Sunday, November 30, 2014

Task 8 - Shop "alternative" stores

Another great way to save money is to look to stores that you wouldn't normally shop. A great store to save you tons of money is Aldi. If you have one near you, I would encourage you to add it into your regular shopping routine. The closest one to me is quite out of the way, but it is on the way to my mother-in-law's, so I plan my trip accordingly. There are tons of Aldi shopping tutorials out on the web. Their best prices for me are on oats, spices, all dairy - including eggs, bottled water, canned goods, tortillas, and cheese.

If you use a lot of spices, like we do by cooking Indian, Middle Eastern, and Mexican dishes, you should look in your area for an Indo-Paki grocery. I buy spices in bulk usually at a 70% or more savings over a traditional grocery store. That can really add up over time. If you think you won't be able to use a larger amount, split the difference with a friend.

Meat is one of the biggest grocery expenses. Look for alternatives here, as well. I, personally, look to small independently run stores in more rural areas. For you locals, I stop by Country Mart in Taylorsville monthly or bi-monthly. They have cheaper meat prices overall and have a 10lb. meat sale monthly. You can also look at more rural butchers and Mexican groceries and/or butchers, as well.

Tuesday, November 25, 2014

Deconstructed Cabbage Rolls

I LOVE cabbage rolls! I had never eaten a cabbage roll in my life, or even heard of them for that matter, until I married my husband. His Slavic mother made these for a family dinner and that's where the love story began. I must have oohed and ahhed over them just enough, because she makes them for me every year for my birthday.
I asked for the recipe. It was so involved that I've never attempted them myself. Then I began to see recipes for deconstructed this or that. I decided to try it. The result is below. Now, I would never claim that it is as good as my mother-in-law's cabbage rolls. It's not. However for a quick, inexpensive, one skillet meal, it's pretty darn good!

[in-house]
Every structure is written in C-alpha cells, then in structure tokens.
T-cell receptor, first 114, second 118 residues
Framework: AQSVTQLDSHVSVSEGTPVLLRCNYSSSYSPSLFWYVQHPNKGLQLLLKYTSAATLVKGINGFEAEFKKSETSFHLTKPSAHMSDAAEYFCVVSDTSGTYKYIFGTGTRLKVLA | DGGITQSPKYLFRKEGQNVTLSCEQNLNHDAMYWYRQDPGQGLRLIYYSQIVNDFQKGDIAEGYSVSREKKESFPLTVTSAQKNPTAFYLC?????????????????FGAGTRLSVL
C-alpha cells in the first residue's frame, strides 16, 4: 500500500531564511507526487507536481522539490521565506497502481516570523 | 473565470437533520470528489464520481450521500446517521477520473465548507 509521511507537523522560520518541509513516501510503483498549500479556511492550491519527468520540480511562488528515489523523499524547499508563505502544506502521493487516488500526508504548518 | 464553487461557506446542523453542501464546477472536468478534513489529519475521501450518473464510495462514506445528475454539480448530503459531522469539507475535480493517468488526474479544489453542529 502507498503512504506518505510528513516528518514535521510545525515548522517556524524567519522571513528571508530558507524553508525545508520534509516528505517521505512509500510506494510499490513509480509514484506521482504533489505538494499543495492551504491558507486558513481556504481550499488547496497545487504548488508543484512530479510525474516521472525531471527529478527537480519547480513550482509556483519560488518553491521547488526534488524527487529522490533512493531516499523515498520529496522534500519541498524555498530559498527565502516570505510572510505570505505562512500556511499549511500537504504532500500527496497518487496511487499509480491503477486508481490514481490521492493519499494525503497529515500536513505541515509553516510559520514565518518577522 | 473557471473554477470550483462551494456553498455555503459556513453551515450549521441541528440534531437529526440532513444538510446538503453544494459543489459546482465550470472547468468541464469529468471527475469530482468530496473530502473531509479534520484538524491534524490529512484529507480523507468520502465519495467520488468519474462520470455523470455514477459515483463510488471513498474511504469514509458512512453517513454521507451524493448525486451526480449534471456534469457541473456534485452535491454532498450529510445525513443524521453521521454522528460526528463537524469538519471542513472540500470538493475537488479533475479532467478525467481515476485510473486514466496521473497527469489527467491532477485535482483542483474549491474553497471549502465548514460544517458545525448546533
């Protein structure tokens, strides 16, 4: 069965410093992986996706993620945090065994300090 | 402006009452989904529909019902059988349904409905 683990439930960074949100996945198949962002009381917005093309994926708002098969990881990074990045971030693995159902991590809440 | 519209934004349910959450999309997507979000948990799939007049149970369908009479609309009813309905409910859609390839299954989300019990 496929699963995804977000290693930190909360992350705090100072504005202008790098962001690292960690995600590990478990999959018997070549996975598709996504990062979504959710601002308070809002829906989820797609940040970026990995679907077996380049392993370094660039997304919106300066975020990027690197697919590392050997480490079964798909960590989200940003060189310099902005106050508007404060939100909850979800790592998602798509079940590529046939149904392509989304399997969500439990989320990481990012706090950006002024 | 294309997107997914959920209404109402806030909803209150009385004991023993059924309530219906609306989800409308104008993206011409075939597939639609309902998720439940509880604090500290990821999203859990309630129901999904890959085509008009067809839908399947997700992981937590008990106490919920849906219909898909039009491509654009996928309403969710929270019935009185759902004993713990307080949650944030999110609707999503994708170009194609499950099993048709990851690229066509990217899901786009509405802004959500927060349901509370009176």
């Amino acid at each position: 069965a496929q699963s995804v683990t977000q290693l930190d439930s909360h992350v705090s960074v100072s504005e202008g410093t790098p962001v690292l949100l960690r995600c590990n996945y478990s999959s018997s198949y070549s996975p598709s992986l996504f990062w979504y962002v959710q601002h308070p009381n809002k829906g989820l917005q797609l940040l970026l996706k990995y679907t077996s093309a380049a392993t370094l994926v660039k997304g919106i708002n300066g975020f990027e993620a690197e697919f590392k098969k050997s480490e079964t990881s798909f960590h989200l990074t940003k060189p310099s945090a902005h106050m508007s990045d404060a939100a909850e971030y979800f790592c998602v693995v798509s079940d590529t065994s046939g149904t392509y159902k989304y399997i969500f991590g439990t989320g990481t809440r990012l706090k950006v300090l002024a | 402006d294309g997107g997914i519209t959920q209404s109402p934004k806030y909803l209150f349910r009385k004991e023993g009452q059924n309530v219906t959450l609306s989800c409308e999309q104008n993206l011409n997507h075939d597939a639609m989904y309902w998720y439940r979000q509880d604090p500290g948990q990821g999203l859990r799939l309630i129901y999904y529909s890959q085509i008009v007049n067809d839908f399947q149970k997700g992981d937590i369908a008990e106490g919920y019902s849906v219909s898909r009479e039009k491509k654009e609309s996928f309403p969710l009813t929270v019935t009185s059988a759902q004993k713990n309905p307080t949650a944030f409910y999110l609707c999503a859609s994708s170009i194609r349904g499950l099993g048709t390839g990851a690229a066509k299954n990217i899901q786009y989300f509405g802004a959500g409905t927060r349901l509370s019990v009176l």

1 medium onion, chopped
2lbs ground beef
1c uncooked rice
4c crushed tomatoes
1lb cabbage, chopped
1 can sauerkraut
1c water
Salt and pepper to taste

  • Place onion and beef in a large skillet over medium high, cook, breaking up meat with a wooden spoon, until meat is no longer pink and the onions have softened
  • Add rice, tomatoes, cabbage, sauerkraut, and water to skillet, stir to combine. Bring to a boil; cover and cook 30 minutes, until rice is cooked and cabbage has softened.
Price Breakdown
Onion - 35¢
Beef - $5
Rice - 10¢
Tomatoes 75¢
Cabbage 60¢
Sauerkraut 50¢
TOTAL $7.30
Price per serving (6 servings) $1.22

Thursday, November 20, 2014

Turkey Time!

I have broken my no spend streak. Our local Meijer had frozen turkeys on sale this week for 54¢/lb. with an additional $10 purchase. I priced matched that at Wal-Mart.
The cashier must not have known who he was up against when he explained to me that their turkeys are priced by unit, not per pound and that he couldn't honor the Meijer price. I explained that he absolutely could, that's why the sign over their turkeys read 88¢/lb. I even walked him through which keys he would need to push on his register to make that happen. Nope. It is just not their policy. I paid for the rest of my purchases and marched my penny-pinching tush right down to customer service. I explained. She rolled her eyes, guessed which cashier, and said she'd send the Customer Service Manager right down. Much to his embarrassment, she told him to do it exactly like I had. Kid just thought I'd give up that easily. Tsk. Tsk.